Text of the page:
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U.S. Senate candidate Glenn speaks in Cortez

Speaking in Cortez on Saturday, Darryl Glenn said that he enjoys being an underdog and expects to become Colorado’s next U.S. senator.

“I am the human equivalent of a unicorn,” he said. “I am Michael Bennet’s worst nightmare. I will break every stereotype.”

The current El Paso County commissioner is running against incumbent Democrat Sen. Michael Bennet. Glenn has some ground to make up before Election Day, as most polls show he’s still behind his opponent.

Glenn said he believed he could turn things around and win the election by about 4 percent.

About 70 people attended the Montezuma County Republicans Lincoln Day dinner at the Cortez Elks lodge, including state Reps. J. Paul Brown of Ignacio, Bob Rankin of Carbondale and Don Coram of Montrose, and U.S. Rep. Scott Tipton of Cortez. Joyce Rankin, who is campaigning for the state’s third congressional district seat on the state Board of Education, also spoke at the event.

Friday, Glenn visited the Durango Elks Lodge for a breakfast event.

A military veteran and conservative Christian, Glenn is running on a platform that’s in line with GOP sentiments across the nation. He said he wants to repeal the Affordable Care Act, secure the country’s borders and protect the Second Amendment. Saturday, he also highlighted education reform, saying that people in underserved communities need access to better education opportunities, such as school vouchers.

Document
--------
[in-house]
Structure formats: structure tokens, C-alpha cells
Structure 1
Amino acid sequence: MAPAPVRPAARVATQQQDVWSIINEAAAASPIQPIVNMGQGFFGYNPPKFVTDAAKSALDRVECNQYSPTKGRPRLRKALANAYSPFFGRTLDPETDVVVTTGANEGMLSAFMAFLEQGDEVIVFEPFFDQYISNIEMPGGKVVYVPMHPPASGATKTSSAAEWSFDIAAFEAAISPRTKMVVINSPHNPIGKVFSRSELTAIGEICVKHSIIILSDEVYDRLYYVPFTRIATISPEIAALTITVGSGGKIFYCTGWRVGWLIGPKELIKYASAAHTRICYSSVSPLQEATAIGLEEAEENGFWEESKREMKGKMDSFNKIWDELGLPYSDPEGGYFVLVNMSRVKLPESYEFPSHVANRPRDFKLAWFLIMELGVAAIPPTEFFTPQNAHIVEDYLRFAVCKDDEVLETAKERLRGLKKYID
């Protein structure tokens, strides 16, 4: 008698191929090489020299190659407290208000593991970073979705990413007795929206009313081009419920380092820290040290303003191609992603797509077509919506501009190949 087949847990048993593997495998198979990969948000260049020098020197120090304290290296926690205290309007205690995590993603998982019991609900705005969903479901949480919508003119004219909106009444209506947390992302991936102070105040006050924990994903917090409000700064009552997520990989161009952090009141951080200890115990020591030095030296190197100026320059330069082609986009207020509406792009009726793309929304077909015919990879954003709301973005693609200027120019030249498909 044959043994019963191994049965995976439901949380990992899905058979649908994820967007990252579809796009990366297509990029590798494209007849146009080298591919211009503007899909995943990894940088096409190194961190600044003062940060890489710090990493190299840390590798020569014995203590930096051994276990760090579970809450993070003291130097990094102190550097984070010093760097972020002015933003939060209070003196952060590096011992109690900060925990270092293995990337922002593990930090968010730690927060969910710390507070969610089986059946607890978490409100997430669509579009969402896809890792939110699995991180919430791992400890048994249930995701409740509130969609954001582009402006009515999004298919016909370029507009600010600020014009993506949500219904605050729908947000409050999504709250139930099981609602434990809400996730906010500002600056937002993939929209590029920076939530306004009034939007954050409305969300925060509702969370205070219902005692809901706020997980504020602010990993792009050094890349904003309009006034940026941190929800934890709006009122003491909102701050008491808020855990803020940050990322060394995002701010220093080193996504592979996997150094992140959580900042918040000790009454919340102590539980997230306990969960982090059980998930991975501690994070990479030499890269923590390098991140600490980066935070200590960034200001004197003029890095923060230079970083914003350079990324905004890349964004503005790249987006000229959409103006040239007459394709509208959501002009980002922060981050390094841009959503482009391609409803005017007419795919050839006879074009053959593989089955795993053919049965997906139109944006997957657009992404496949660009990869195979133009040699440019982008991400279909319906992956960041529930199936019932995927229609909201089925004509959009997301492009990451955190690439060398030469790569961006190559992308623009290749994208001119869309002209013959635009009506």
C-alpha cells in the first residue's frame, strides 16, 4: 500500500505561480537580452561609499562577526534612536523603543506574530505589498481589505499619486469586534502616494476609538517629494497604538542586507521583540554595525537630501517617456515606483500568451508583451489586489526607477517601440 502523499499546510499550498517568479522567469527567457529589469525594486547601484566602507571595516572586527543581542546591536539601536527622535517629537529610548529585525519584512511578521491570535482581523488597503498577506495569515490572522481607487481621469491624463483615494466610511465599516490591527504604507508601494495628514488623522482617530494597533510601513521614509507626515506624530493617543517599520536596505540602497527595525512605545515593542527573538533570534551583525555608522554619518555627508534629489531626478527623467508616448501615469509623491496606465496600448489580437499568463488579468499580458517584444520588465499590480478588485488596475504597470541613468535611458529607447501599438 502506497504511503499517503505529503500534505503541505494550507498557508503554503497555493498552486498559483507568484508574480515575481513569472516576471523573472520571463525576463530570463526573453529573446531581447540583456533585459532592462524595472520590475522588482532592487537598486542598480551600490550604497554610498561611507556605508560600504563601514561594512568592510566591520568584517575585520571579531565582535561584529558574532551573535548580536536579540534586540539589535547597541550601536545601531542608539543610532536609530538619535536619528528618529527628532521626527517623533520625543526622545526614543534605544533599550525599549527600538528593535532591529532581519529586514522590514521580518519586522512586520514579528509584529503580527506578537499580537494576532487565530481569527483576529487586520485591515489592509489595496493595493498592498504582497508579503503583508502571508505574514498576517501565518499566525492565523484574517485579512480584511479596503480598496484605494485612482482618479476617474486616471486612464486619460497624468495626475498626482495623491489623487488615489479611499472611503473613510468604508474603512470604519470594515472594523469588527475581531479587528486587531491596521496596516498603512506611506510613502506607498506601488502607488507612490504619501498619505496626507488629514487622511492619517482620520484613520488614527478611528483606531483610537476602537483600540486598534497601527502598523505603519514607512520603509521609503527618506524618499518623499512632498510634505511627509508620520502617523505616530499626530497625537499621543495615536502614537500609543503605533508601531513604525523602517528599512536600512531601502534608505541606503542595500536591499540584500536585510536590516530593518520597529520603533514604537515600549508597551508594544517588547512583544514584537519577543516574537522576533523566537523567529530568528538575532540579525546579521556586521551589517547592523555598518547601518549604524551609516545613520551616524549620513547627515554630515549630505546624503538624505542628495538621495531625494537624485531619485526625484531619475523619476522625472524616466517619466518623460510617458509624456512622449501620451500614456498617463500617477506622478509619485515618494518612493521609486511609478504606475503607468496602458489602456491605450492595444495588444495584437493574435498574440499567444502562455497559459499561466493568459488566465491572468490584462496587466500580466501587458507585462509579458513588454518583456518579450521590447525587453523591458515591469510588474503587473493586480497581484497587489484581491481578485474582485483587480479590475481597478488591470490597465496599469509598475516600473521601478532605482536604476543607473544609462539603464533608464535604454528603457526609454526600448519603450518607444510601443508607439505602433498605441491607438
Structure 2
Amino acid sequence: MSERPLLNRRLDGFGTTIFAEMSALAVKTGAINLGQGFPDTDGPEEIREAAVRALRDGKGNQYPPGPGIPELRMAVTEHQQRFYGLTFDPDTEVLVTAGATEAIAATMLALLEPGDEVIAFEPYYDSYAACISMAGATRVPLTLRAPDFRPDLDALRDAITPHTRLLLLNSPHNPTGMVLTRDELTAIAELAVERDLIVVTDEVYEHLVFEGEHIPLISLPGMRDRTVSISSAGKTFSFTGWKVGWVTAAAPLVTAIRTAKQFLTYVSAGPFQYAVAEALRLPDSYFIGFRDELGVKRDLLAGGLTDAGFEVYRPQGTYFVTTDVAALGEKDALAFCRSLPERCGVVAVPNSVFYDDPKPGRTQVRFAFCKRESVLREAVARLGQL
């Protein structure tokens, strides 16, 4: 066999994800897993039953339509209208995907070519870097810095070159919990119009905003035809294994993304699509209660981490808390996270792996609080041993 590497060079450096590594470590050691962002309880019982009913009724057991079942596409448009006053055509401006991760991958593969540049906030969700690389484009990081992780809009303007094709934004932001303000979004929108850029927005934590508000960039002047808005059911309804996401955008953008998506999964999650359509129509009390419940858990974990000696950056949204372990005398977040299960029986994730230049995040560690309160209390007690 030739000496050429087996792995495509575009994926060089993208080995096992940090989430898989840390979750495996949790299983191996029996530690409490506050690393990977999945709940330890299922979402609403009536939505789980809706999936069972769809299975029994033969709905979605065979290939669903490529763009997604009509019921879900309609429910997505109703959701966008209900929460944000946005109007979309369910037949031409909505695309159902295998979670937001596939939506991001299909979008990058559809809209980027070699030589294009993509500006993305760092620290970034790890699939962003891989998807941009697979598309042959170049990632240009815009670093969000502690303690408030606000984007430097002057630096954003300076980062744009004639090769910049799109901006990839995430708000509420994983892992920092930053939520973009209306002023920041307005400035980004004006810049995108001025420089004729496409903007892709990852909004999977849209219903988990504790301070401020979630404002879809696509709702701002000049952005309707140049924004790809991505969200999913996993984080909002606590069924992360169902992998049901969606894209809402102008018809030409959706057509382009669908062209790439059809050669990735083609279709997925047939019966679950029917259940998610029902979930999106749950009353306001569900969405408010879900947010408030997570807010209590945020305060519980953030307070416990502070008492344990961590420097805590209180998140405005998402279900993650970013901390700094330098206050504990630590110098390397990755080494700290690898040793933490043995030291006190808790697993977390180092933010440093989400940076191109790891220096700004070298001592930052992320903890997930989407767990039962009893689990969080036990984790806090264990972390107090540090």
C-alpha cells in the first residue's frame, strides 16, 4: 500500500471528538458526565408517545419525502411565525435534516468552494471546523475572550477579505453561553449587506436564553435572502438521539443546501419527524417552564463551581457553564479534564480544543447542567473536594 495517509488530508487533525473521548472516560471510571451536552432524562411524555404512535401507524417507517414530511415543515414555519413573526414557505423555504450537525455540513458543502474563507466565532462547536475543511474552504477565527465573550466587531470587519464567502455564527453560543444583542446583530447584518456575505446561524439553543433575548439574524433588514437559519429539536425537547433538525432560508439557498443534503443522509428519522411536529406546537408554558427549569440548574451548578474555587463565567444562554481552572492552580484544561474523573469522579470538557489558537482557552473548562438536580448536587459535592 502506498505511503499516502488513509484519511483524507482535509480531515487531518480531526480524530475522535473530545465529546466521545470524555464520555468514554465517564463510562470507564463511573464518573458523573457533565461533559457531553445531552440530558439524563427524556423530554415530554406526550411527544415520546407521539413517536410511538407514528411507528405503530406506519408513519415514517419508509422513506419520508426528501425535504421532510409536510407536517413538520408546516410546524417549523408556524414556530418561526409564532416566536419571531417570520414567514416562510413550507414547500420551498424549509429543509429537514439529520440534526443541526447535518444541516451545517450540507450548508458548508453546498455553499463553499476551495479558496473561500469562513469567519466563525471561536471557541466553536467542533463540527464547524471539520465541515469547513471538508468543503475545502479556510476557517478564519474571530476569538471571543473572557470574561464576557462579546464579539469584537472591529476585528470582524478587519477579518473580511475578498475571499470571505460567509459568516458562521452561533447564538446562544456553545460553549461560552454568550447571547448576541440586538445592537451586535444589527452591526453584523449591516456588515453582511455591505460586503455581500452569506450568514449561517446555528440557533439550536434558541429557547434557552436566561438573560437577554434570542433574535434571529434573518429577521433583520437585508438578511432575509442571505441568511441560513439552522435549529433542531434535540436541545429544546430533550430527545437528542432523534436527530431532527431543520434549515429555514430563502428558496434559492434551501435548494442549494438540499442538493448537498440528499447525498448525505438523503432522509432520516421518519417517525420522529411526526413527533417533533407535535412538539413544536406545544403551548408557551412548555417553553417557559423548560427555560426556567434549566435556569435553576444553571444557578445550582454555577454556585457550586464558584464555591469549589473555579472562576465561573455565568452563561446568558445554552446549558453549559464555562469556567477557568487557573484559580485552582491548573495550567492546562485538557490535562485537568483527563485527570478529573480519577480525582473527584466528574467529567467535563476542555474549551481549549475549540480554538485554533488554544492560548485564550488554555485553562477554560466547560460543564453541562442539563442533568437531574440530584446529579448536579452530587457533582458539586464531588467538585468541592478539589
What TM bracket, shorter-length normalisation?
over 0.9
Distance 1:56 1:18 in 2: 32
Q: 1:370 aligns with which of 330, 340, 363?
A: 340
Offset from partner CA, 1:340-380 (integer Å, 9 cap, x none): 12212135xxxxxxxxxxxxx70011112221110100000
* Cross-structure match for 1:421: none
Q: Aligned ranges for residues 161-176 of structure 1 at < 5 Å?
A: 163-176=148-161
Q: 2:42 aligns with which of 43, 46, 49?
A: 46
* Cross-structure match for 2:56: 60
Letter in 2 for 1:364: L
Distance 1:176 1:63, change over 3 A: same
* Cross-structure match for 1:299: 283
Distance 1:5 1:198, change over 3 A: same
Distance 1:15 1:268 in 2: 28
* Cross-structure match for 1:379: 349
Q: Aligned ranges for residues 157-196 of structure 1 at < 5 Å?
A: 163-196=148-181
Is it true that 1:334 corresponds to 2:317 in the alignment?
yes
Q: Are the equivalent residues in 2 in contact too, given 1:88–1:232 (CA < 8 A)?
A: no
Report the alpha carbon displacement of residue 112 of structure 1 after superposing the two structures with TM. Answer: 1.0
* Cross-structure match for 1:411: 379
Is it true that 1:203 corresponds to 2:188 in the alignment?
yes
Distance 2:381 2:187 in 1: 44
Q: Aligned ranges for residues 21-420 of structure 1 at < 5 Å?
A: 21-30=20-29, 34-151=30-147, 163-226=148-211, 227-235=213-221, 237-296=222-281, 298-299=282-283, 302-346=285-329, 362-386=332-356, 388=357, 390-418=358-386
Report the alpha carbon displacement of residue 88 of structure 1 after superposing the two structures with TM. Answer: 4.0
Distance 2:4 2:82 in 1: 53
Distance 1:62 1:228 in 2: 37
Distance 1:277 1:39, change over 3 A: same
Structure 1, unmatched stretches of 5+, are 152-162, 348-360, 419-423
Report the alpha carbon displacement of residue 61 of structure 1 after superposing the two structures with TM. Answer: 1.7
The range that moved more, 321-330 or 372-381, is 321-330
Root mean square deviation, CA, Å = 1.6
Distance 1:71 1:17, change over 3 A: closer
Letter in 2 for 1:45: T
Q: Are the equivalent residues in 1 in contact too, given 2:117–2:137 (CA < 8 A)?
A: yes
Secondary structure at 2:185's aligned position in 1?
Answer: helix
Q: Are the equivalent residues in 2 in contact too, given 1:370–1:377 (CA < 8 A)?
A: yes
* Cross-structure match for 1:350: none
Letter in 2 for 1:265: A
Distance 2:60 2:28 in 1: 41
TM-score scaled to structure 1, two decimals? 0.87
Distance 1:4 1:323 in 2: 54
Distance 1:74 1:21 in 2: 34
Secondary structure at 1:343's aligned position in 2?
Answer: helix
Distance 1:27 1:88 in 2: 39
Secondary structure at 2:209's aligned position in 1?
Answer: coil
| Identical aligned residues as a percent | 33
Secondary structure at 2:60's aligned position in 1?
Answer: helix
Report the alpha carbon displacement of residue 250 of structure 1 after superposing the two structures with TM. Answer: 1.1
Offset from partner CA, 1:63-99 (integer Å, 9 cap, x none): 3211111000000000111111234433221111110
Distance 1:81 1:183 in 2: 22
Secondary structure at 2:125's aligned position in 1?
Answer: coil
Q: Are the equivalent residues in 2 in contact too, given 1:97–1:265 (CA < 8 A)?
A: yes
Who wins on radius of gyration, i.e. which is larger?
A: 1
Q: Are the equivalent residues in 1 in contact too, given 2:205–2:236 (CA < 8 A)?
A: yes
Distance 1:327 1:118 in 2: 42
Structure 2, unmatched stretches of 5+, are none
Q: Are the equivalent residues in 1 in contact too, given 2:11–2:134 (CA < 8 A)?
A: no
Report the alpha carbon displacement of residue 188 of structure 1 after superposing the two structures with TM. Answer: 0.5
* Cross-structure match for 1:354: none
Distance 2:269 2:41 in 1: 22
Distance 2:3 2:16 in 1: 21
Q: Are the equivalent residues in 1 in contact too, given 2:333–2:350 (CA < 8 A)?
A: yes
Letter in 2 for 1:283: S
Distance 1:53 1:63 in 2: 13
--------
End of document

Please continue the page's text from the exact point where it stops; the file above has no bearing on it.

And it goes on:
Colorado has a balanced budget and should be a national leader, he said. “We know how to lead, and that’s what I will do.”

The Western Slope is an important part of Colorado, and it’s Glenn’s philosophy to get across the entire state and meet people, he said. People are frustrated and think that elected officials only care about the Front Range, he said.

If elected, though, he promised to have staff representatives who are experts in Southwest Colorado topics, such as water rights and ranching, to keep him in the know about what’s going on in the region.

“One thing people need to know is that they’re going to have someone who will represent them and not be beholden to special interests,” Glenn said.

The issues that Michael Bennet has supported are not in line with Colorado interests, Glenn said. Coloradans are upset about the Affordable Care Act and rising costs of health care, he said. They’re upset with the Iran nuclear deal and Environmental Protection Agency regulations that might threaten jobs throughout the state, he said.

“People are reinforcing that they want someone to stand up for Colorado in D.C.,” Glenn said. “That’s the universal message.”

In a passionate speech, Montezuma Republican Chairman Danny Wilkins urged people to give up a little more free time and work a little harder to get Republicans elected in the fall. He said this election would dictate the country’s direction for the next few decades, and it’s imperative that Republicans get elected to provide for future generations.

“If anything will drive a nail in the coffin it will be electing Hillary Clinton,” Wilkins said. “We have to defeat her.”

Tipton spoke on federal government overreach, a common theme of his tenure in the House. He said the fall election is about jobs, and the Western Slope has lost 1,200 of them because of closing coal mines. He also stressed the need to keep fighting against environmental regulation so that southwest Coloradans can keep water and ranching rights.

Republicans are putting solutions together to get people back to work, and more need to be elected, Tipton said.

“Cory Gardner needs company in the Senate, and Darryl Glenn is that man,” he said.

On a night when several speakers before him forecast doomsday if Republicans aren’t elected this fall, Glenn provided a hint of hope.

“We need to understand we cannot give up,” he said. “It’s a tough fight, but I am optimistic.”


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